Someone down the line called quietly from their radio,"Birds in-bound." I smiled on the inside. I watched as the blinking light moved closer and a dark shape grew underneath it. The chop became louder and the ground began to shake.
"One minute out," someone said through the darkness. Using both hands, I pushed myself up, straining from the weight of my gear now twice as heavy from the rain. I posted up on a knee facing away from the in-bound "shit hook" with my head down.
The ground shaking and the wind beating on my chest, I braced for the impact of the coming hurricane force winds. The two giant sets of rotors have the ability to knock you down if you aren't ready for it. I had learned that the hard away a few months earlier when a landing Chinook flipped me over my gun into a ditch.
WHOOSH! The wind hit me pushing me forward and pelting me with wet grass, sand and rocks.
The bird throttled back and the wind died down. Just as I had done so many times without prompting, I stood up and turned left and began running in two long lines out of the palm grove on the edge of the field. Even when perfectly executed, loading is never easy.
The heavily irrigated fields were very difficult to traverse with night vision and a full combat load. Tripping and falling, helping others up and being helped up, I made my way to the bird.
Inside the Chinook, the high pitched whine of the engines deafens those foolish enough to forget "ear pro."
Running the length of the bird, I made it to the front and sat down.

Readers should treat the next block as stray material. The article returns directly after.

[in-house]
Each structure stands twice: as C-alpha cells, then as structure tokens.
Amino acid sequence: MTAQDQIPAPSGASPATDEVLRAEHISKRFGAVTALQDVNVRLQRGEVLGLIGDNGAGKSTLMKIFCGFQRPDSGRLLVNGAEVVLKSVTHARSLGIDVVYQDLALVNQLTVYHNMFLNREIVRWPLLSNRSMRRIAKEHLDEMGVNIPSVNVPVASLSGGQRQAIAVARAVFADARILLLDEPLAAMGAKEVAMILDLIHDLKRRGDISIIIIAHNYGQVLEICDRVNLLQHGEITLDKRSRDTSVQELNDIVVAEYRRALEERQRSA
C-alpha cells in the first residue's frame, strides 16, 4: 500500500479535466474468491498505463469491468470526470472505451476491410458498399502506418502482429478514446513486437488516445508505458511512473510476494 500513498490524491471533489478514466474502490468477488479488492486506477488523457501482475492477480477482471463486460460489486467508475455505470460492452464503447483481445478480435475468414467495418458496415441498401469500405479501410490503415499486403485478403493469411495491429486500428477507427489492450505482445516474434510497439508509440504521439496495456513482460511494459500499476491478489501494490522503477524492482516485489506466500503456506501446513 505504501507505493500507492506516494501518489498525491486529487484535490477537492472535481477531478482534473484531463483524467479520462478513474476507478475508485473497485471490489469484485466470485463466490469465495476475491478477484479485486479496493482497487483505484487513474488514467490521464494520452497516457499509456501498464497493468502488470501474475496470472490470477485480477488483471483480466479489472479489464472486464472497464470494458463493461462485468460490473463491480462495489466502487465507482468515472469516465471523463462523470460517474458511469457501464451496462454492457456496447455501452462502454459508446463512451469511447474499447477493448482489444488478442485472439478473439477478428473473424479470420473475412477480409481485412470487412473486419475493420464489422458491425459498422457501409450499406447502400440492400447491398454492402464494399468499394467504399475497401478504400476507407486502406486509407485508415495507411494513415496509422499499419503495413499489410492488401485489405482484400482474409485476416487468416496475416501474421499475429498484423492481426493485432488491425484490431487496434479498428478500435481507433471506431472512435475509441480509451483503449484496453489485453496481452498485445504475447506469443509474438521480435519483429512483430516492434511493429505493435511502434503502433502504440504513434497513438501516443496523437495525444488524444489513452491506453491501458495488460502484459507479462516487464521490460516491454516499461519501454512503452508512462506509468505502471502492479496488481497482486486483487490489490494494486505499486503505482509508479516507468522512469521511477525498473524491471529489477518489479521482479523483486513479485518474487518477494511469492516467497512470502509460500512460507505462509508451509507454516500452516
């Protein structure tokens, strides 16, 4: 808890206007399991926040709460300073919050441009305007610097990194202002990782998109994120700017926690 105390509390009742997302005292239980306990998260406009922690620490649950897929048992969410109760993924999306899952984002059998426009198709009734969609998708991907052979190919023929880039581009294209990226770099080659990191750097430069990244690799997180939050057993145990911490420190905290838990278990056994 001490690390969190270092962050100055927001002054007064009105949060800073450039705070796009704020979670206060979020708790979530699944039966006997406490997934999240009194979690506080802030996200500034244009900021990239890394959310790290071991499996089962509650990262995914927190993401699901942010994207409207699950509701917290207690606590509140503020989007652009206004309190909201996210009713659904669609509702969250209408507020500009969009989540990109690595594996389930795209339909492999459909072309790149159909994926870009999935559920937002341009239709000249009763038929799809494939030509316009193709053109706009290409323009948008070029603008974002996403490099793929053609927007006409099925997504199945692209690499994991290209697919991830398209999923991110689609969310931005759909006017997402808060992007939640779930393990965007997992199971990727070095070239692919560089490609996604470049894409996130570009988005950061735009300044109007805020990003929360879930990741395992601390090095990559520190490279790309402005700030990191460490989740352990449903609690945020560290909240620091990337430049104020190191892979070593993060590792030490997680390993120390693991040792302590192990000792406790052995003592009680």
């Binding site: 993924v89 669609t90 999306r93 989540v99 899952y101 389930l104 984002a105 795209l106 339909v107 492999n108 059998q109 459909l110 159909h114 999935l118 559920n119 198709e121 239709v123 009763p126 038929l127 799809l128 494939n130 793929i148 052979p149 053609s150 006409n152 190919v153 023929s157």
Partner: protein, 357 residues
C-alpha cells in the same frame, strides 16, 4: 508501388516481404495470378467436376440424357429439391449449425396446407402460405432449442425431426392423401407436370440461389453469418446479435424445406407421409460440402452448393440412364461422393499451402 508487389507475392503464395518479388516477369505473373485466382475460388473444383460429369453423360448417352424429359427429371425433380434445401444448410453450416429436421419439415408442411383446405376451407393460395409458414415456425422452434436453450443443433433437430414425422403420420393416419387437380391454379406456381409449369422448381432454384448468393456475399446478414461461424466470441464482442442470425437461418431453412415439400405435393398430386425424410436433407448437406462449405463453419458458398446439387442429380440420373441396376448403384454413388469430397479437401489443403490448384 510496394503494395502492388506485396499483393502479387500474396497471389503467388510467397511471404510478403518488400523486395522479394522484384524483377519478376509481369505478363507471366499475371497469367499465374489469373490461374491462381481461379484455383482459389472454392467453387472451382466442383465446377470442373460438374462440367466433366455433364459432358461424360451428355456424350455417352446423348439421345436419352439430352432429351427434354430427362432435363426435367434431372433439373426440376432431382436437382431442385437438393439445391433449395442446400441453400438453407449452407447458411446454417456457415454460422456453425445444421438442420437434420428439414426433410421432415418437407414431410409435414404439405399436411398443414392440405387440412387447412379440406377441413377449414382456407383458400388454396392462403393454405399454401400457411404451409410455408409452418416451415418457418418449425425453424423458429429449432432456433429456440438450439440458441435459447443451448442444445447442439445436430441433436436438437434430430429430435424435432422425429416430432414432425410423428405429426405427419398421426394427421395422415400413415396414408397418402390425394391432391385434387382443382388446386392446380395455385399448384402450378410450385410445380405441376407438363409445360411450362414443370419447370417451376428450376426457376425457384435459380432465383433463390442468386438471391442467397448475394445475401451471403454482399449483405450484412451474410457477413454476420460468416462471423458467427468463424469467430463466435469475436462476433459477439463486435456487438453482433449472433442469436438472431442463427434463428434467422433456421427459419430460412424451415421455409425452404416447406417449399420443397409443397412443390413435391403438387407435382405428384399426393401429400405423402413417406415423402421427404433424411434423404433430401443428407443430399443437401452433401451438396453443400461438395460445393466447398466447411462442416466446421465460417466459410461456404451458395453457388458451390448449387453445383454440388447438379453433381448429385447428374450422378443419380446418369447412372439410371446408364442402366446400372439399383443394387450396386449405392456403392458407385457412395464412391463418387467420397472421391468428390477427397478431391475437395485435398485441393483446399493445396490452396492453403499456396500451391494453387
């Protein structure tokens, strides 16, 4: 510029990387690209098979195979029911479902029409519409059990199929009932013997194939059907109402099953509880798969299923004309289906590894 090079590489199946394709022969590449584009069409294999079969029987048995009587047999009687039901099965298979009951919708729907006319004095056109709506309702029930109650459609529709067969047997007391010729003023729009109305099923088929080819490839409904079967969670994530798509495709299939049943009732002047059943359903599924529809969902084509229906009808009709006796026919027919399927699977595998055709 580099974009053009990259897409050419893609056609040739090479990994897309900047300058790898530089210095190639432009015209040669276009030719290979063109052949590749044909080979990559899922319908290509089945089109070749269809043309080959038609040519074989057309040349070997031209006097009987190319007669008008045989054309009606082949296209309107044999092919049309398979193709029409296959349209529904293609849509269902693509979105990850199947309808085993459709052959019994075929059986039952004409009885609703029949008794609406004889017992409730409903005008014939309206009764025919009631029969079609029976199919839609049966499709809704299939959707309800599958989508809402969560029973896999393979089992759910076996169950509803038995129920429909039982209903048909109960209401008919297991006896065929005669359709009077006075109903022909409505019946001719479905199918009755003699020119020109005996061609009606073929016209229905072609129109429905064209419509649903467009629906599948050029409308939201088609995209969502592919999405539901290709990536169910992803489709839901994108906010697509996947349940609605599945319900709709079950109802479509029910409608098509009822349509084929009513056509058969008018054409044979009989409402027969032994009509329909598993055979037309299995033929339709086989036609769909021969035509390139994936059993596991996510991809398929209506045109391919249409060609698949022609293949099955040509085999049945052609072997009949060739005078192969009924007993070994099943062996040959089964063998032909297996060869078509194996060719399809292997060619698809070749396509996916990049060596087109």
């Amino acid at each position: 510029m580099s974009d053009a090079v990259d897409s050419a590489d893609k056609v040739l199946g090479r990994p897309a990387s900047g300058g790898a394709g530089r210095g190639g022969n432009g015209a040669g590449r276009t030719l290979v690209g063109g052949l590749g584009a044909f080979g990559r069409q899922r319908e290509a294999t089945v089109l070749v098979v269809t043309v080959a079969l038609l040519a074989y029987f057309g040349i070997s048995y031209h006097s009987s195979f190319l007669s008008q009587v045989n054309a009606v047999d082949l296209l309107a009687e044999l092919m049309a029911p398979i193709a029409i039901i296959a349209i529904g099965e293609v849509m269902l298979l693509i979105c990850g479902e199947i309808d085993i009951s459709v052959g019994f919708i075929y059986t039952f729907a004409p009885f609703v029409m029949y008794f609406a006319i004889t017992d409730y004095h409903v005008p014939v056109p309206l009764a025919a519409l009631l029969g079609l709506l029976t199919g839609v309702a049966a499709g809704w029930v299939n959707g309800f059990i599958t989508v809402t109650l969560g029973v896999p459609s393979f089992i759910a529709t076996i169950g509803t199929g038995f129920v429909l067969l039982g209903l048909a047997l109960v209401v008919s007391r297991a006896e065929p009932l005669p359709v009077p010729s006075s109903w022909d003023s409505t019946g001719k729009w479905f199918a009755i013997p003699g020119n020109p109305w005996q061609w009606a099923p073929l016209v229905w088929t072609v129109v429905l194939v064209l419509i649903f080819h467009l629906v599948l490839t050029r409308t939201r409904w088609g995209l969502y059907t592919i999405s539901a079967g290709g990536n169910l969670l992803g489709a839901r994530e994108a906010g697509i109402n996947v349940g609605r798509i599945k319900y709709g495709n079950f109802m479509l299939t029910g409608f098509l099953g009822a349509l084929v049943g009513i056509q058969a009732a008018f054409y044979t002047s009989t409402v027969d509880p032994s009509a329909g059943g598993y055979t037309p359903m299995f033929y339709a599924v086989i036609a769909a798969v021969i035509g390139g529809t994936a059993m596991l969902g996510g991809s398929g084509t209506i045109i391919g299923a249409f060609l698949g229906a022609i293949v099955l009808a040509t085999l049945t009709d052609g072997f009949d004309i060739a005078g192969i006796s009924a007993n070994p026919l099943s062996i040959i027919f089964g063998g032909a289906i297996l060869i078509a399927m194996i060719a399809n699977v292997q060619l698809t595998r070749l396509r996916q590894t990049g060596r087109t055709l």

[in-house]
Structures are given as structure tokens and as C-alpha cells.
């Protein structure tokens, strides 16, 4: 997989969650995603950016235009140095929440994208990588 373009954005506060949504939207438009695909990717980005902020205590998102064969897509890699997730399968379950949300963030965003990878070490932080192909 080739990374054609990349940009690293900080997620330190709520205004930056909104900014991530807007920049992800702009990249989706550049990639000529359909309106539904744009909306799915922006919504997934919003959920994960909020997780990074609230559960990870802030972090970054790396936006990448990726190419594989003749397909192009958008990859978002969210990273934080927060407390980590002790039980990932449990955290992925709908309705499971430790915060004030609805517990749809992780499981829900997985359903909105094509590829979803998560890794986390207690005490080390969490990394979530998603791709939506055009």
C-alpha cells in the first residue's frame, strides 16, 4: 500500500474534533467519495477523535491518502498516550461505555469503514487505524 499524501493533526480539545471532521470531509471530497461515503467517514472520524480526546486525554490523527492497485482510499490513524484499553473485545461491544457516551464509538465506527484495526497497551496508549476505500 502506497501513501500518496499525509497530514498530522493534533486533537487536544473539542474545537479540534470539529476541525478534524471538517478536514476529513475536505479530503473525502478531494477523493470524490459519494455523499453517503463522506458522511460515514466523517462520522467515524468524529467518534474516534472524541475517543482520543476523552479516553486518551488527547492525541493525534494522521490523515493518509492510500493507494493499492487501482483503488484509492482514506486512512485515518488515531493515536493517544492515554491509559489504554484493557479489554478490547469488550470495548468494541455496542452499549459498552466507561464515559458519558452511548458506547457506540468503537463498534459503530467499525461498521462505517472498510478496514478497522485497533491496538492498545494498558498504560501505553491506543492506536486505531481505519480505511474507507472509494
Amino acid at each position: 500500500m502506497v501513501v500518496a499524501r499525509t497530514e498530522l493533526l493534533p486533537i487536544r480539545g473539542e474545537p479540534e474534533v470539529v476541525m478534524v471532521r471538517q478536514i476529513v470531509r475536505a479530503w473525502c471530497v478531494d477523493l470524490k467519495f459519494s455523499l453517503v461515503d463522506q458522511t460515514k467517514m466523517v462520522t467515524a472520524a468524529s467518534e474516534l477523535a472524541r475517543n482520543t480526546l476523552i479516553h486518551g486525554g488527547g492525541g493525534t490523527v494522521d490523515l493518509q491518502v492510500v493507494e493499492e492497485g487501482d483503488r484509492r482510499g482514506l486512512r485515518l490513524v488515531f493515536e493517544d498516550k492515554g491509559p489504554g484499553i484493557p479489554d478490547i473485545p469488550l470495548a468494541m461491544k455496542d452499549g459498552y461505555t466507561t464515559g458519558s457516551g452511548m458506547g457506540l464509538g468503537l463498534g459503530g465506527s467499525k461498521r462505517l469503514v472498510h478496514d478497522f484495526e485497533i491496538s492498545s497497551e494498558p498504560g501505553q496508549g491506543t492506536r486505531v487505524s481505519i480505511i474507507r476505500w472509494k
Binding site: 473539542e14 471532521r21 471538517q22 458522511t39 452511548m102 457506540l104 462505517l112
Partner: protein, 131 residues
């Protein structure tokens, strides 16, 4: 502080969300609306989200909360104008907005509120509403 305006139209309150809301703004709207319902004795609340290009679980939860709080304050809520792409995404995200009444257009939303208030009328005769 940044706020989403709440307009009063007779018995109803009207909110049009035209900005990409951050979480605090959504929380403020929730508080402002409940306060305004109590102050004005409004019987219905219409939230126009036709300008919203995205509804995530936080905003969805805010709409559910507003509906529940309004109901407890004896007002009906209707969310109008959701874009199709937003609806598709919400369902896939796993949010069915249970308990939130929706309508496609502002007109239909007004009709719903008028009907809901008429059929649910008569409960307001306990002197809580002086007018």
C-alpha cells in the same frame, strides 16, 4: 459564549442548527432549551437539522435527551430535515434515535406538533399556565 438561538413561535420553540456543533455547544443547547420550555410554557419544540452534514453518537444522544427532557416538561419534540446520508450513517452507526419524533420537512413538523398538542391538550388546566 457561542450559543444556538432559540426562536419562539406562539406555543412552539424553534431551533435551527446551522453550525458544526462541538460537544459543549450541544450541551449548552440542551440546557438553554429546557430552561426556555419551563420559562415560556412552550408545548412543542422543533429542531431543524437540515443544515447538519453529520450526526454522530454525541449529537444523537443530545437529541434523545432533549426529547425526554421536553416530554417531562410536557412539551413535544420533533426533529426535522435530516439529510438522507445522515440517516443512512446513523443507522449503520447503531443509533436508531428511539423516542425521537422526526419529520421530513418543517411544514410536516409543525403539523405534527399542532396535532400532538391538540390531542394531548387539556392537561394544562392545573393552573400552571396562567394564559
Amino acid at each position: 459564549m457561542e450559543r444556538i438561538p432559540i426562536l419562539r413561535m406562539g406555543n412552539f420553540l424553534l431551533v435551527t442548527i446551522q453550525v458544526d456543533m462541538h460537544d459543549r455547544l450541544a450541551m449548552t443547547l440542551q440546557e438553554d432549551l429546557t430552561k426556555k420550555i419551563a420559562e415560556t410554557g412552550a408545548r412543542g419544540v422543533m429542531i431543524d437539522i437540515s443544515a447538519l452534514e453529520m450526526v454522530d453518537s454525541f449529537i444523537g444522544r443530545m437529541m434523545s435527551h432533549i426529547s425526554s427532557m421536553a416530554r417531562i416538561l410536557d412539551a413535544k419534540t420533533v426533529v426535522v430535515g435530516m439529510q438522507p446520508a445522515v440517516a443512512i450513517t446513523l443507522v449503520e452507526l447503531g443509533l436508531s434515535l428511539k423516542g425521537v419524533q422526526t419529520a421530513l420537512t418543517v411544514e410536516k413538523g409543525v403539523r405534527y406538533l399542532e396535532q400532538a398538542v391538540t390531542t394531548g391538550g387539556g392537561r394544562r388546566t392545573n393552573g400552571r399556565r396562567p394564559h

"HA!" I thought, "a seat"
(With my luck, I usually end up on the floor of the bird. Sitting on top of each other in the darkness its a hellish ride. It usually takes more than a hour and you are lucky if you can walk by the time you land - your legs cut off from blood go beyond sleep to numb.)
The bird throttles hard and, within two minutes of landing, she lifts off with about 50 beleaguered paratroopers, tired and cold and now totally relieved after surviving another mission in one of the worst areas Iraq has to offer. We flip up our nods as the bird turns for home. My muscles relax and I put my head back and look at my watch again. It's 3 a.m.
Right now my Dad is on the couch relaxing after work. My Mom is in full Halloween mode and impatiently waiting for trick-or-treaters.
Not sure what my brothers would be doing. Jon is now at the age where Halloween isn't cool anymore and he is probably on the computer.
Mike is now at the age where Halloween has become cool again is probably trying to go out. I guess I was GI-JOE this year.
The bird jostles and jumps, then bucks its way through the churning air surrounding the lightning storm. What a Halloween to remember.
I blink and it's a year later and I'm staring at the bottom of the bunk on top of me. This year is way better than last I think to myself. Who could argue with that? - in the rear with the gear at a staging area waiting to finally re-deploy home... I pause my Ipod and sit up, look down the endless rows of bunks, sigh and close my eyes and try to imagine a Halloween before the war.
Nothing comes to mind.